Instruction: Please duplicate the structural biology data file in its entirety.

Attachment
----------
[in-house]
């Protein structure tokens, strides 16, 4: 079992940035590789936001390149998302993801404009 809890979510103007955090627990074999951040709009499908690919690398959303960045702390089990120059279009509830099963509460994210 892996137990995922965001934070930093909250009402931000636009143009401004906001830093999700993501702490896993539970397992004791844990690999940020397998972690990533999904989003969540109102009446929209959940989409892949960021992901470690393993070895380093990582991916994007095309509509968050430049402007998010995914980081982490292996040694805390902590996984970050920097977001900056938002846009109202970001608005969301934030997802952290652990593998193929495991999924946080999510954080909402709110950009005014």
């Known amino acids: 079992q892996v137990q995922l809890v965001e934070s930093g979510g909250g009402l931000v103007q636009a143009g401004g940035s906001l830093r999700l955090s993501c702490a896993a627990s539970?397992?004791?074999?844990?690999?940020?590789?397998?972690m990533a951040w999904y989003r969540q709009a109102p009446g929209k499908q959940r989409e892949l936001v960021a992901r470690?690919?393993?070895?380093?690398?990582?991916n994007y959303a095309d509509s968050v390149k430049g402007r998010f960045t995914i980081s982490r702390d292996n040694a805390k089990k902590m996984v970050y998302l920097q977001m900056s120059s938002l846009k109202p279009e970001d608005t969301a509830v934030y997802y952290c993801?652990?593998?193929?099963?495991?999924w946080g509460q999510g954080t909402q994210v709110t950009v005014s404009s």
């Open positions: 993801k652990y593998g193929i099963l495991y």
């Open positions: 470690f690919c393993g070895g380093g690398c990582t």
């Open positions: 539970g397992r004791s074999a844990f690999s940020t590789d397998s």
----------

[in-house]
């Protein structure tokens, strides 16, 4: 079992940035590789936001390149998302993801404009 809890979510103007955090627990074999951040709009499908690919690398959303960045702390089990120059279009509830099963509460994210 892996137990995922965001934070930093909250009402931000636009143009401004906001830093999700993501702490896993539970397992004791844990690999940020397998972690990533999904989003969540109102009446929209959940989409892949960021992901470690393993070895380093990582991916994007095309509509968050430049402007998010995914980081982490292996040694805390902590996984970050920097977001900056938002846009109202970001608005969301934030997802952290652990593998193929495991999924946080999510954080909402709110950009005014």
């Known amino acids: 079992q892996v137990q995922l809890v965001e934070s930093g979510g909250g009402l931000v103007q636009a143009g401004g940035s906001l830093r999700l955090s993501c702490a896993a627990s539970?397992?004791?074999?844990?690999?940020?590789?397998?972690m990533a951040w999904y989003r969540q709009a109102p009446g929209k499908q959940r989409e892949l936001v960021a992901r470690?690919?393993?070895?380093?690398?990582?991916n994007y959303a095309d509509s968050v390149k430049g402007r998010f960045t995914i980081s982490r702390d292996n040694a805390k089990k902590m996984v970050y998302l920097q977001m900056s120059s938002l846009k109202p279009e970001d608005t969301a509830v934030y997802y952290c993801?652990?593998?193929?099963?495991?999924w946080g509460q999510g954080t909402q994210v709110t950009v005014s404009s």
């Open positions: 993801k652990y593998g193929i099963l495991y």
């Open positions: 470690f690919c393993g070895g380093g690398c990582t």
């Open positions: 539970g397992r004791s074999a844990f690999s940020t590789d397998s």